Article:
There has been a great deal of discussion taking place about Jessica Miller’s review of Everything I Know About Love I Learned from Romance Novels. The review provoked many interesting questions, responses, and queries. I don’t want to engage specifically with the review, but to offer another perspective on EIKAL.
Roland Barthes in A Lover’s Discourse writes: “Everyone will understand that X has ‘huge problems’ with his sexuality; but no one will be interested in those Y may have with his sentimentality: love is obscene precisely in that it puts the sentimental in place of the sexual.”
I’m guilty of sentimental reading and writing, and I find these sentimental or affective responses to reading and writing to be particularly interesting. Indeed, this is what makes romance reading so interesting – romance novels thrive on the sentimental (and sometimes the sexual). But, I don’t think we should treat these “sentimental” moments without criticism.
For instance, in Miller’s review, one of the most interesting lines from my perspective was: “I haven’t said much about the specific lessons Wendell finds in he romance genre. This is because, as a romance reader and therefore a member of her target audience, I’m too embarrassed.” I love this moment in the review, not because I agree with it, but because the reader is “too embarrassed.” Not just embarrassed, but excessively so. Barthes writes: “To try to write about love is to confront the muck of language: that region of hysteria where language is both too much and too little, excessive (by the limitless expansion of the ego, by emotive submersion) and impoverished (by the codes of which love diminishes and levels it)."
The romance is excessive precisely because it is about love. Love is excessive. But Barthes is not alone. Richard Terdiman writes, “people love being in love, and when they are they talk and write about it with an expansive intensity.” Adam Phillips writes that falling in love is “traditionally overwhelming, [an] excessive experience.” To fall in love and to fall out of love (or worse, to be thrown out of love, to be rejected and rendered abject) are excessive experiences and we tell these stories so as to come to terms with them.
Why, for instance, if we know that love is dangerous, can cause harm, shatter, and perhaps ultimately destroy us, do we continue to desire, long for, dream of, and write about love? Just consider the excessive story of Goethe’s The Sorrows of Young Werther, in which the hero tells his reader: “without doubt, the only thing that makes Man’s life on earth essential and necessary is love.” All of our love stories and romance novels talk about the possibility of love, loving, and being loved. I admit that this reading of love is hopelessly romantic. Romance novels provide readers with ways of imagining love and loss, the muck of language, things being too much and too little. These are stories that need to be told, need to be listened to, need to be read because they are so essential to the human experience. The desire to read about love and tell love stories is a way of coming to terms – a search for lost terms – with a love that cannot and will not be excessive enough.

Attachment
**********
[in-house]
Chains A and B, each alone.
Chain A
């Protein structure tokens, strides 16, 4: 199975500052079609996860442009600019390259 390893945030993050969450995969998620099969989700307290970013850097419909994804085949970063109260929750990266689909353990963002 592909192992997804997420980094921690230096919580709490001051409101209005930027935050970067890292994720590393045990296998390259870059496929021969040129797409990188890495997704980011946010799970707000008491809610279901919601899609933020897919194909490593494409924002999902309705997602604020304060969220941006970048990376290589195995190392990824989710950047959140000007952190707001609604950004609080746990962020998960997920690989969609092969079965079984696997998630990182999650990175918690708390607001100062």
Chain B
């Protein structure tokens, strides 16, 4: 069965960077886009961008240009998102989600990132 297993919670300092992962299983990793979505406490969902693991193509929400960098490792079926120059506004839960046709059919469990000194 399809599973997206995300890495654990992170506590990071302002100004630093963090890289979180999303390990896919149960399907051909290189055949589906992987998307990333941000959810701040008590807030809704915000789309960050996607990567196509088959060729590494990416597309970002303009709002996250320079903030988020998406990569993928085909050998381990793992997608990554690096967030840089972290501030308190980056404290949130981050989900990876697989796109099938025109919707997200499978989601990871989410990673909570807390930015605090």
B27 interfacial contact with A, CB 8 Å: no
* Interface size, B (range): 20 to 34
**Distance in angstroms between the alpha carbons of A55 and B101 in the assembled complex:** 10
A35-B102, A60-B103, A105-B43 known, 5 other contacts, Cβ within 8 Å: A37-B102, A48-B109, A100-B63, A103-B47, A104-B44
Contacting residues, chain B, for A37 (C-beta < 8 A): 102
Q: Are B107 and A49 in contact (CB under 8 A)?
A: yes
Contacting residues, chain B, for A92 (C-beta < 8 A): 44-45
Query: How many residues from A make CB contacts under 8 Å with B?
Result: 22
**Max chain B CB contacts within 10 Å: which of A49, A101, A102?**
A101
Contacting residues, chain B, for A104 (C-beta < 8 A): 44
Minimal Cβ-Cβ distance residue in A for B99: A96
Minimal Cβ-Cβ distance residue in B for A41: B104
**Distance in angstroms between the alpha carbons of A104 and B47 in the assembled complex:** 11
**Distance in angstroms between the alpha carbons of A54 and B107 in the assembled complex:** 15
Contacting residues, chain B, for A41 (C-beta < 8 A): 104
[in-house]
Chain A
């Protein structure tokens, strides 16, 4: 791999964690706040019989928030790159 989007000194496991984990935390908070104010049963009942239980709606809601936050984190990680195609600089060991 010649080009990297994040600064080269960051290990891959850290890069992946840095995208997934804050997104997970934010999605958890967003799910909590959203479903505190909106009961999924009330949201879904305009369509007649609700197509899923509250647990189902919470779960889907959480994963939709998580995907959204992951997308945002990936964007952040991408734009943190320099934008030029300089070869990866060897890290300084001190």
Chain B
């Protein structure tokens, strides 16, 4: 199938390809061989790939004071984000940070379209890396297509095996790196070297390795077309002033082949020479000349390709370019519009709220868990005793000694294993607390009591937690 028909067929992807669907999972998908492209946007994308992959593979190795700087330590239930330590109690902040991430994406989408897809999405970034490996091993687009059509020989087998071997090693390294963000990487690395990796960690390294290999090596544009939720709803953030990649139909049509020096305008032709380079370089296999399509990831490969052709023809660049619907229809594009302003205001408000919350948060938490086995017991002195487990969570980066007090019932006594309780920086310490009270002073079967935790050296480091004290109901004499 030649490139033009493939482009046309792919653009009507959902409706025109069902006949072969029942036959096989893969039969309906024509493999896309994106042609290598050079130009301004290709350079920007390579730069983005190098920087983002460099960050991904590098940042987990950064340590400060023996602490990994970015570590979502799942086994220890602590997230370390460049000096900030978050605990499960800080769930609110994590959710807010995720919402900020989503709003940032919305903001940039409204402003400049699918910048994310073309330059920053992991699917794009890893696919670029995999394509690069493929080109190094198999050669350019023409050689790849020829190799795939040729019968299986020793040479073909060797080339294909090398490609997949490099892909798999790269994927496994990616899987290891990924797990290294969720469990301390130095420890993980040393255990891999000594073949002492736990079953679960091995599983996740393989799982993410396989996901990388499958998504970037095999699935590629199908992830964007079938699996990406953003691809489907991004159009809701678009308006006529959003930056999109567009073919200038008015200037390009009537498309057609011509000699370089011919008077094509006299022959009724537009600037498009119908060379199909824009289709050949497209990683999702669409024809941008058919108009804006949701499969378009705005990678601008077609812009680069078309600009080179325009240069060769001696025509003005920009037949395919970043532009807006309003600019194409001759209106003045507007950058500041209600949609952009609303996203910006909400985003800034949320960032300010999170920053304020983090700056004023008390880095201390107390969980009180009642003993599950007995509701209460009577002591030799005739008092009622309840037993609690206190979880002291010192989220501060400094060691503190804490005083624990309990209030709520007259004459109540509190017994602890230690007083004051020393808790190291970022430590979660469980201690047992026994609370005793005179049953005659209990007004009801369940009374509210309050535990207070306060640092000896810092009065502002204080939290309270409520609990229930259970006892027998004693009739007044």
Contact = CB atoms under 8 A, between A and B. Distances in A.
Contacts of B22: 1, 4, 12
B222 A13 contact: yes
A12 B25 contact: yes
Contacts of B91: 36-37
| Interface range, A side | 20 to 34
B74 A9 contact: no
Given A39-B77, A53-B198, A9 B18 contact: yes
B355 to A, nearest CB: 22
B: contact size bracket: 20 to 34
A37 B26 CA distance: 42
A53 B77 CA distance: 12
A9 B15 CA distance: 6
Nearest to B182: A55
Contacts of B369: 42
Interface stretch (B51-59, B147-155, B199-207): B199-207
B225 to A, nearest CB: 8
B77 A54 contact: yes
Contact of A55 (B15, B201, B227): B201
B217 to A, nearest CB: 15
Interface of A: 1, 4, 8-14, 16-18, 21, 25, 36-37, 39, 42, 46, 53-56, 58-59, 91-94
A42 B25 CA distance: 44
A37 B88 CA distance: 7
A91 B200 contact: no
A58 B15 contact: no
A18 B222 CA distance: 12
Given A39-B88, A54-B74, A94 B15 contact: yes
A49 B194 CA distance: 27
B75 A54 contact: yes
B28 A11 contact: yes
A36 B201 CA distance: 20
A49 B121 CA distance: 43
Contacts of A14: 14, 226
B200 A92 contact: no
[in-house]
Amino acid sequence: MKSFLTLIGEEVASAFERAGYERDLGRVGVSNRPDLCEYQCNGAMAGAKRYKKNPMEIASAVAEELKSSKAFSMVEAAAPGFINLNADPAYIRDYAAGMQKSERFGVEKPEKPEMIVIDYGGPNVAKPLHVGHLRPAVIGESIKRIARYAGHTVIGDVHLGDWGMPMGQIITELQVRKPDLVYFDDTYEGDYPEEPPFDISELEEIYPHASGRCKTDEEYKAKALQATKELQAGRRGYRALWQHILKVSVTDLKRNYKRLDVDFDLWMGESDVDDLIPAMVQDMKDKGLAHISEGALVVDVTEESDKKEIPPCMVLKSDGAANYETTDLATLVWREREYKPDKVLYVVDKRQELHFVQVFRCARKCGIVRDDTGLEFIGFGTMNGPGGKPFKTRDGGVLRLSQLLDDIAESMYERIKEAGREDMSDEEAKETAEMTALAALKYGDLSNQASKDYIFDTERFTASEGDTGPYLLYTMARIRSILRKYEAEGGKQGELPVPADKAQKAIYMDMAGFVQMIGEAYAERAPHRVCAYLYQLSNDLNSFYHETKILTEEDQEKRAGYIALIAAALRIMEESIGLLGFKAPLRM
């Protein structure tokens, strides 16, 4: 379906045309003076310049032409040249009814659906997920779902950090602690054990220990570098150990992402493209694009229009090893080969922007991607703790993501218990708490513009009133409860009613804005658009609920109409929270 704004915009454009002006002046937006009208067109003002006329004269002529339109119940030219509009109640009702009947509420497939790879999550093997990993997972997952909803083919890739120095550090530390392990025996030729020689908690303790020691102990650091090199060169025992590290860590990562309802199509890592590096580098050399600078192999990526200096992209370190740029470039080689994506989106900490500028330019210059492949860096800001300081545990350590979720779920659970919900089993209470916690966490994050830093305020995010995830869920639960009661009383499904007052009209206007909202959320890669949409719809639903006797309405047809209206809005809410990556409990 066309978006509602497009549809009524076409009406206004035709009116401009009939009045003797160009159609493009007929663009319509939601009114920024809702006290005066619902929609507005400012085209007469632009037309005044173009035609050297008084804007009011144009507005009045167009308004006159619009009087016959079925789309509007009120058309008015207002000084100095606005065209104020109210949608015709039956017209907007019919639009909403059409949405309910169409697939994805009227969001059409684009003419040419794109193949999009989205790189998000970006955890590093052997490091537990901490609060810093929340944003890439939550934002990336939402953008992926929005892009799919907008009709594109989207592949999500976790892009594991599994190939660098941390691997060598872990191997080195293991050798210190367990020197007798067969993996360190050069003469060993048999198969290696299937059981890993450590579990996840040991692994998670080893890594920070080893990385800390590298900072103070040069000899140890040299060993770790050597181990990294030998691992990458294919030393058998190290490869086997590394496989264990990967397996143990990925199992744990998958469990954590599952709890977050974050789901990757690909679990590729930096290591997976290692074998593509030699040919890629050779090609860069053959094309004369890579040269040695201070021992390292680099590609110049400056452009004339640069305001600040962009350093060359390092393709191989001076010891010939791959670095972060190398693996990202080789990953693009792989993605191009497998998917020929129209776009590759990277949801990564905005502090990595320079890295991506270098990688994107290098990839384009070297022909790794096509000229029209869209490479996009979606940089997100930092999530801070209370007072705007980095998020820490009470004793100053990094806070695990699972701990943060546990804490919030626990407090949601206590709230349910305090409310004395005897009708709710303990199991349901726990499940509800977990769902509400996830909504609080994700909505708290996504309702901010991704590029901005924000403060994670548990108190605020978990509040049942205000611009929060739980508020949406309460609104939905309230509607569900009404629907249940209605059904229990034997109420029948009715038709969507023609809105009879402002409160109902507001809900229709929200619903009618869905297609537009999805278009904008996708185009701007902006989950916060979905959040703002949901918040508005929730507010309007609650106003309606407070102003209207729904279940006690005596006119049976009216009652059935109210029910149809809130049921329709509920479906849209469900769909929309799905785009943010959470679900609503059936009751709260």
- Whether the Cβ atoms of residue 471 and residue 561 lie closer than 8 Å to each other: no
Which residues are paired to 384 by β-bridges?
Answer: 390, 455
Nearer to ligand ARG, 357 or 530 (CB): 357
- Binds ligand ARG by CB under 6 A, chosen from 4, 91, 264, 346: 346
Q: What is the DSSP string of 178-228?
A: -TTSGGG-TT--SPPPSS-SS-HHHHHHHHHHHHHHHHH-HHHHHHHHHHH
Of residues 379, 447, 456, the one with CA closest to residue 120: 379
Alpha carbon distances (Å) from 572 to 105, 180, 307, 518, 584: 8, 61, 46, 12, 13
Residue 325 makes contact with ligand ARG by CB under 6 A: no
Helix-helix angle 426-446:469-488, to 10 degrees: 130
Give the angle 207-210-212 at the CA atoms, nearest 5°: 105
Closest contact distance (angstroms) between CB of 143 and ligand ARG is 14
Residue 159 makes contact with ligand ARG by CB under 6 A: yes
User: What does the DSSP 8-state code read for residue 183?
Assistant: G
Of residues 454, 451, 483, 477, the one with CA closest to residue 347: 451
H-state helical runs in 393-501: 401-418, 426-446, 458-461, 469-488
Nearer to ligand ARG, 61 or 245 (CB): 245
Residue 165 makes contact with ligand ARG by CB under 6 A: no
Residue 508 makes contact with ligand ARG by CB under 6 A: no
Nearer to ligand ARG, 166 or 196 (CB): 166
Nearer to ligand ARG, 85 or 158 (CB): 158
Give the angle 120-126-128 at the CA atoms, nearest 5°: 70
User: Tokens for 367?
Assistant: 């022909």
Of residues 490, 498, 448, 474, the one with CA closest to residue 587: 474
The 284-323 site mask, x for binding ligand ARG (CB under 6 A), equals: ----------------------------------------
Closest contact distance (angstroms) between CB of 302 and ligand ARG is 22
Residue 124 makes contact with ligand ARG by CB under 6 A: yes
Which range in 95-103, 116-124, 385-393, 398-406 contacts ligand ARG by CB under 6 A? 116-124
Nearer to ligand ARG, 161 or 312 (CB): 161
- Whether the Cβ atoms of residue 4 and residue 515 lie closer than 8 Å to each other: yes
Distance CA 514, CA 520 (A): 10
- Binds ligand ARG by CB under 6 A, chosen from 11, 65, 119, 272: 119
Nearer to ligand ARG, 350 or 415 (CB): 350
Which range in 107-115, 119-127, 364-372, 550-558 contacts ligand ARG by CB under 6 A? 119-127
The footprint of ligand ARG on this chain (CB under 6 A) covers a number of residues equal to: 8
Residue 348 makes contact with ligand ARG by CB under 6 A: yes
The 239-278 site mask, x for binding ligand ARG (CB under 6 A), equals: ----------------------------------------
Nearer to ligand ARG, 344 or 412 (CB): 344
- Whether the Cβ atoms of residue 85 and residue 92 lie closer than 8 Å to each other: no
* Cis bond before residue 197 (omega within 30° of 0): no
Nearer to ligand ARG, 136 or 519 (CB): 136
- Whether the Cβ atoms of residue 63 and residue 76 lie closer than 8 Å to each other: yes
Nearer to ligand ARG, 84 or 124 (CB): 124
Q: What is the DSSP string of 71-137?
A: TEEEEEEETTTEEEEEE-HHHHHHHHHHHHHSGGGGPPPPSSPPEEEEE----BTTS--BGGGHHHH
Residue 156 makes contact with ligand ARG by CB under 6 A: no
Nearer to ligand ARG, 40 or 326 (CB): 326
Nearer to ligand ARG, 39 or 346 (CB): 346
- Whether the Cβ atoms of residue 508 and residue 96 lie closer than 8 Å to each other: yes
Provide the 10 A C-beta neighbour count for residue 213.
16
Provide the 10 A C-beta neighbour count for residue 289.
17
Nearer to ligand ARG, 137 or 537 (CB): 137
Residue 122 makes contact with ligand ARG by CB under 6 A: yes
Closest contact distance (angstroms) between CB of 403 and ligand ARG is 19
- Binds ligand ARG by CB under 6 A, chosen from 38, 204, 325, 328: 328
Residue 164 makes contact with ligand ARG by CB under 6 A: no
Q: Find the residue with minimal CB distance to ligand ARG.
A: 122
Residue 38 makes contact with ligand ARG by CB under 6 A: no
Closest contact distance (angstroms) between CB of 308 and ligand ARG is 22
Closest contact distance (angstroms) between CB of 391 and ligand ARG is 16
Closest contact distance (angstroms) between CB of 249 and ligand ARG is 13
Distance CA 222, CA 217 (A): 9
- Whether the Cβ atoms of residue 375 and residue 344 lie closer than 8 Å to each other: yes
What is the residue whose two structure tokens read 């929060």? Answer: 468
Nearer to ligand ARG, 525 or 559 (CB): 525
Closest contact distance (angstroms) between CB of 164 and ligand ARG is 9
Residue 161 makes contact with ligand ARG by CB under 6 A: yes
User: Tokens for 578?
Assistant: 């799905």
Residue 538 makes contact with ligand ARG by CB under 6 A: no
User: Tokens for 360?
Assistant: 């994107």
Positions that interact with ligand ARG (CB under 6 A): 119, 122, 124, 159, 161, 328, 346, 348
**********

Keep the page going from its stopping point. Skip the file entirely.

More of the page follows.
For some readers of EIKAL, I imagine there is a recognition of not being alone in their love of romance, for others, I imagine they are “embarrassed.” I think varying reactions are testament to the complexity of romance. Readers, like the romance novels they read, are not a monolithic group.
EIKAL puts on full display the wonderful, luscious, beautiful, problematic, heart-breaking excessiveness of romance. Readers of romance, critics of romances, and scholars of love are, I think, coming to terms with, trying to capture, and falling in love with love and its excesses. Perhaps an all too optimistic vision of Everything I Know About Love, but to quote my favourite writer, Marcel Proust, “if a little dreaming is dangerous, the cure is not to dream less but to dream more, to dream all of the time.”